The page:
Over the next decade, I attended many study circles and camps where he educated the young cadre of Samata Sangathan on wide-ranging issues, from the most recent political events to the most abstract ideological and philosophical debates. Learning from him (as well as Kishen Pattnayak and Ashok Seksaria) was a privilege that I did nothing to deserve. I remember visiting his bare one-room tenement in Saket, New Delhi that seemed too big for his worldly possessions: a cot, a table and a kerosene stove that served as his kitchen. Sachchidaji was, and has remained, an ascetic.
His single-minded pursuit of ideas, unmindful of ideological orthodoxies and academic fashions, allows him to chart through the ideological contestations that marked the 20th century. He is not a non-aligned spectator. He has been, and continues to be, a socialist. But his socialism is not a creed tied to a sacred book or a supreme leader. It helps that he comes from an unorthodox sub-stream of Indian socialism associated with Jayaprakash Narayan, Narendra Deva and Rammanohar Lohia. At the same time, Sachchidaji is not a ‘Lohiaite’ and has nothing but contempt for what passes for socialist politics in today’s India.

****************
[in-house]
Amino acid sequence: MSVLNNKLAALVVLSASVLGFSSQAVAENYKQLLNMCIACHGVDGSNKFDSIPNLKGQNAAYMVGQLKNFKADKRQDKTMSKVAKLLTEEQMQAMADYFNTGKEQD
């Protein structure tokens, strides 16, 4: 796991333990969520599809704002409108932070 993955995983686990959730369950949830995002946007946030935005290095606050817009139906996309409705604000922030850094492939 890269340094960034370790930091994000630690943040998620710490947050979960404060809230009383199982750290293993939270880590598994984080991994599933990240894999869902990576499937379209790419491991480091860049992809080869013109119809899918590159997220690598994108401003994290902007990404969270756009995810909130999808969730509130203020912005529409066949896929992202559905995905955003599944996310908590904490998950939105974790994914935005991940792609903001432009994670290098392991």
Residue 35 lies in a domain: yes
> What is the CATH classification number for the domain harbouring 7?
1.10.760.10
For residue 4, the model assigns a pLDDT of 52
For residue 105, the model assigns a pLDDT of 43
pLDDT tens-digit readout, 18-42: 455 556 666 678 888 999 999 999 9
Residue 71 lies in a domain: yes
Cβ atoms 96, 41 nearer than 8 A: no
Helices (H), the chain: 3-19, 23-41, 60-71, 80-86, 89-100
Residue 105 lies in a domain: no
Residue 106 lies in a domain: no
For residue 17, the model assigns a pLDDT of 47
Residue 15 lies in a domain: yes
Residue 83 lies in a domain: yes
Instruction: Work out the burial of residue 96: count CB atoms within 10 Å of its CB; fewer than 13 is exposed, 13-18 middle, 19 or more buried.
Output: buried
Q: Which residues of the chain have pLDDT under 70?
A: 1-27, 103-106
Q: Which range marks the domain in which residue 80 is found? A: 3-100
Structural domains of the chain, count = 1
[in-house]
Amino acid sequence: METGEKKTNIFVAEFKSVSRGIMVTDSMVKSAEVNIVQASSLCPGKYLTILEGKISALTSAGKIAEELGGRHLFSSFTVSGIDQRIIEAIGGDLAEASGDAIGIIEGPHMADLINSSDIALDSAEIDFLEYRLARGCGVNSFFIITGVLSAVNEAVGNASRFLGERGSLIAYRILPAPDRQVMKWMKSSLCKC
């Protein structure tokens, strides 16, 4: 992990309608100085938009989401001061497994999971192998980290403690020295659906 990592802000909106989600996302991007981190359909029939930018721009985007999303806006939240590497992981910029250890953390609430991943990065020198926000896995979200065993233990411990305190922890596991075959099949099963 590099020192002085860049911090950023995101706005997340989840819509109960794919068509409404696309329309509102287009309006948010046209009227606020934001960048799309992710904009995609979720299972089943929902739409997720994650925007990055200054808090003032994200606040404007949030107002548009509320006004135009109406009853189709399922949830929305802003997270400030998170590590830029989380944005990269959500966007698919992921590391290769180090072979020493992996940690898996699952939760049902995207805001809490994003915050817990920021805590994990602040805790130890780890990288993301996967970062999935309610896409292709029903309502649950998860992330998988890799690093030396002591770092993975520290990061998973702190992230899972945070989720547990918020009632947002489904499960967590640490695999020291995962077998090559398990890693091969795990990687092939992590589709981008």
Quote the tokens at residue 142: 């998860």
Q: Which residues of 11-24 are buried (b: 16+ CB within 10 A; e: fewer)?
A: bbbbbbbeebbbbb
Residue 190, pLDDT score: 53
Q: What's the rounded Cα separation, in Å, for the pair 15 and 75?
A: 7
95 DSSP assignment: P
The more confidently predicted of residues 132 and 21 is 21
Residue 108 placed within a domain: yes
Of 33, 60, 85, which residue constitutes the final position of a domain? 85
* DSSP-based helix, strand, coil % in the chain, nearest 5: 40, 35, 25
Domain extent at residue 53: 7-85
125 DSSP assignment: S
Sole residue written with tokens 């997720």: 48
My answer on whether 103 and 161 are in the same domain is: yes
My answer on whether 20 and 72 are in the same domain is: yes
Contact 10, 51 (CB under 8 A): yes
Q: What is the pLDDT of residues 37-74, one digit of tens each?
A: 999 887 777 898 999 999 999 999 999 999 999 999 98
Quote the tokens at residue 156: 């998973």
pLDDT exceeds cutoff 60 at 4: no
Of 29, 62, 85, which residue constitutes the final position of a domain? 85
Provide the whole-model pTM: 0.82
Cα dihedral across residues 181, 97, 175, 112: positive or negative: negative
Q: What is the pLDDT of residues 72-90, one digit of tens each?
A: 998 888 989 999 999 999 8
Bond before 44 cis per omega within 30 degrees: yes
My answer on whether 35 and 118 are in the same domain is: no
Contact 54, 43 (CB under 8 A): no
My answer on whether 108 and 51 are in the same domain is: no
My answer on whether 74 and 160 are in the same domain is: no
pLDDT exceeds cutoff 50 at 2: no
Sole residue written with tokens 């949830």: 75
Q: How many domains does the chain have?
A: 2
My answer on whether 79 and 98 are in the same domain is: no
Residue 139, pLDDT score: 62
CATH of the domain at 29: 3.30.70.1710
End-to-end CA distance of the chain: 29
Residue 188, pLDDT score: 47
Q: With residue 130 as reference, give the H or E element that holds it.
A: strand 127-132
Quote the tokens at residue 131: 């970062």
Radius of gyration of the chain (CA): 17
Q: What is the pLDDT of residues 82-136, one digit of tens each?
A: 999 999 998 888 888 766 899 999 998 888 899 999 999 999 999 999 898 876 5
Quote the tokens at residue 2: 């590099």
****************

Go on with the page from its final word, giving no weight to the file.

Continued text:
Beyond political ideologies
In his first major book, Socialism and Power, Sachchidaji continued this interrogation of the received socialist orthodoxy. While he is more deferential to Karl Marx than most of his colleagues, he critiques Marx and Marxists for their blind faith in big industry, megacities and capital-intensive technology. This was not a recipe for revolution, but for a concentration of economic and political power that resulted in the collapse of the USSR and the rise of state-capitalism in China.
His book, Poonji Ka Antim Adhyay, extends Marx’s magnum opus, Das Kapital, to its unwritten fourth volume. The political activist in him cannot leave things at a critique. His Socialism: A Manifesto for Survival offers an outline of socialism for our age. In his version — decentralised democracy, appropriate technology, non-consumerist standards of living, ecological sustainability and primacy of labour over capital — socialism does not remain just one of the ideologies from the 20th century but becomes a synthesis of all that is worth learning from that century.